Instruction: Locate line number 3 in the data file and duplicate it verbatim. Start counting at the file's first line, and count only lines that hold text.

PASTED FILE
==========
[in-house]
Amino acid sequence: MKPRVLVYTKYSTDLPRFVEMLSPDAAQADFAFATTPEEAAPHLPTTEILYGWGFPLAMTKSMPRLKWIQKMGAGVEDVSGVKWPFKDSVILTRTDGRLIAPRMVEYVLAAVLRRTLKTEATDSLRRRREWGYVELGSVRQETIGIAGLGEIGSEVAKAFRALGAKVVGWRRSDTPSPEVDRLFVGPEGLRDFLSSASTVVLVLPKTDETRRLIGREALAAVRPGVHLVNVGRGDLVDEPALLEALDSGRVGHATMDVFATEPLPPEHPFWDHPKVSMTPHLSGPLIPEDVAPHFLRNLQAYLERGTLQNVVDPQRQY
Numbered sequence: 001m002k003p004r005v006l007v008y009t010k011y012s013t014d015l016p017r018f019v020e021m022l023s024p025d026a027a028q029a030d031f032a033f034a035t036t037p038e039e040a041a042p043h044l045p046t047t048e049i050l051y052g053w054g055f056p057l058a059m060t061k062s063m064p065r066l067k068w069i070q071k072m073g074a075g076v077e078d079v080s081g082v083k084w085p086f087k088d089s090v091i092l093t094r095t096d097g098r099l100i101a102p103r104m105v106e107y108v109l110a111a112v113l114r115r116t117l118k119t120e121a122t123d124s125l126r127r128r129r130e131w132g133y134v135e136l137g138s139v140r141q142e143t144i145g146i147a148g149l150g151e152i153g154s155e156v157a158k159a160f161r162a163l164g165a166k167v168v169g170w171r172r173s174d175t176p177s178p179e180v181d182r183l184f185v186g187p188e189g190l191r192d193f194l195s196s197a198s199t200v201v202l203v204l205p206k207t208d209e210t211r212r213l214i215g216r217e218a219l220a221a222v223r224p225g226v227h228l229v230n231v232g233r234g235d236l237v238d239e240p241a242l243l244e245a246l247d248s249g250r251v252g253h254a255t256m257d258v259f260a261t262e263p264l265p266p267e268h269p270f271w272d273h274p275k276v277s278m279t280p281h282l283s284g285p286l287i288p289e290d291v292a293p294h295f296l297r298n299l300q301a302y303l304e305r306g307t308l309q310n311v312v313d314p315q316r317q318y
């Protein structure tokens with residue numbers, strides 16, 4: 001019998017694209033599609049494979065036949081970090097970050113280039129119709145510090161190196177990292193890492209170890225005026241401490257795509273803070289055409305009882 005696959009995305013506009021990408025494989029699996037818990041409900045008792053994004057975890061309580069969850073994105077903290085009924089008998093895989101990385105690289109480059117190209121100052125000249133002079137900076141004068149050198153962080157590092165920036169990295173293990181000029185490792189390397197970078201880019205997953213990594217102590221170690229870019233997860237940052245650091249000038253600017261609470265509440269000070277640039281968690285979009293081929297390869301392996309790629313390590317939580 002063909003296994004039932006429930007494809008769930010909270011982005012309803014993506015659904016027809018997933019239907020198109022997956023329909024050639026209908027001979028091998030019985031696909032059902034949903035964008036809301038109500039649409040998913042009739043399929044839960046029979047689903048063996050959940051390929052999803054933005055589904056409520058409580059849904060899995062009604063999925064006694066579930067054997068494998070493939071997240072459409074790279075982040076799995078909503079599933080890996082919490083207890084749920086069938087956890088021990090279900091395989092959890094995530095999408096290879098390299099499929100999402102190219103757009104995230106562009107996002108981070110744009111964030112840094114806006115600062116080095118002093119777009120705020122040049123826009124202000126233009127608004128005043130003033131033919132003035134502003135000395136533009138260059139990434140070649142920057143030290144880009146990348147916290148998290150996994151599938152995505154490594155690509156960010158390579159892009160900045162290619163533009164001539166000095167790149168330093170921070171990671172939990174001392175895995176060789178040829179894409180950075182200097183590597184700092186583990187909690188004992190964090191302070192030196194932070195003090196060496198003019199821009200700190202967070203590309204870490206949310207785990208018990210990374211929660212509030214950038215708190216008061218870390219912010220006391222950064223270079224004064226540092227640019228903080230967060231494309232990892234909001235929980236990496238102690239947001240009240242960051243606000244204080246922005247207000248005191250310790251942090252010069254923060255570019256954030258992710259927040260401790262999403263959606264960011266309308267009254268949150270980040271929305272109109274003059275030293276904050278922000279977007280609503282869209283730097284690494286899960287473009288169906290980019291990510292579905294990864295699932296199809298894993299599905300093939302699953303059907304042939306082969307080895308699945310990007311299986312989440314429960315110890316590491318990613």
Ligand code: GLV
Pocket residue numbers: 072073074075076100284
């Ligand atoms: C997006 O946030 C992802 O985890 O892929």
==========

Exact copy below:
Numbered sequence: 001m002k003p004r005v006l007v008y009t010k011y012s013t014d015l016p017r018f019v020e021m022l023s024p025d026a027a028q029a030d031f032a033f034a035t036t037p038e039e040a041a042p043h044l045p046t047t048e049i050l051y052g053w054g055f056p057l058a059m060t061k062s063m064p065r066l067k068w069i070q071k072m073g074a075g076v077e078d079v080s081g082v083k084w085p086f087k088d089s090v091i092l093t094r095t096d097g098r099l100i101a102p103r104m105v106e107y108v109l110a111a112v113l114r115r116t117l118k119t120e121a122t123d124s125l126r127r128r129r130e131w132g133y134v135e136l137g138s139v140r141q142e143t144i145g146i147a148g149l150g151e152i153g154s155e156v157a158k159a160f161r162a163l164g165a166k167v168v169g170w171r172r173s174d175t176p177s178p179e180v181d182r183l184f185v186g187p188e189g190l191r192d193f194l195s196s197a198s199t200v201v202l203v204l205p206k207t208d209e210t211r212r213l214i215g216r217e218a219l220a221a222v223r224p225g226v227h228l229v230n231v232g233r234g235d236l237v238d239e240p241a242l243l244e245a246l247d248s249g250r251v252g253h254a255t256m257d258v259f260a261t262e263p264l265p266p267e268h269p270f271w272d273h274p275k276v277s278m279t280p281h282l283s284g285p286l287i288p289e290d291v292a293p294h295f296l297r298n299l300q301a302y303l304e305r306g307t308l309q310n311v312v313d314p315q316r317q318y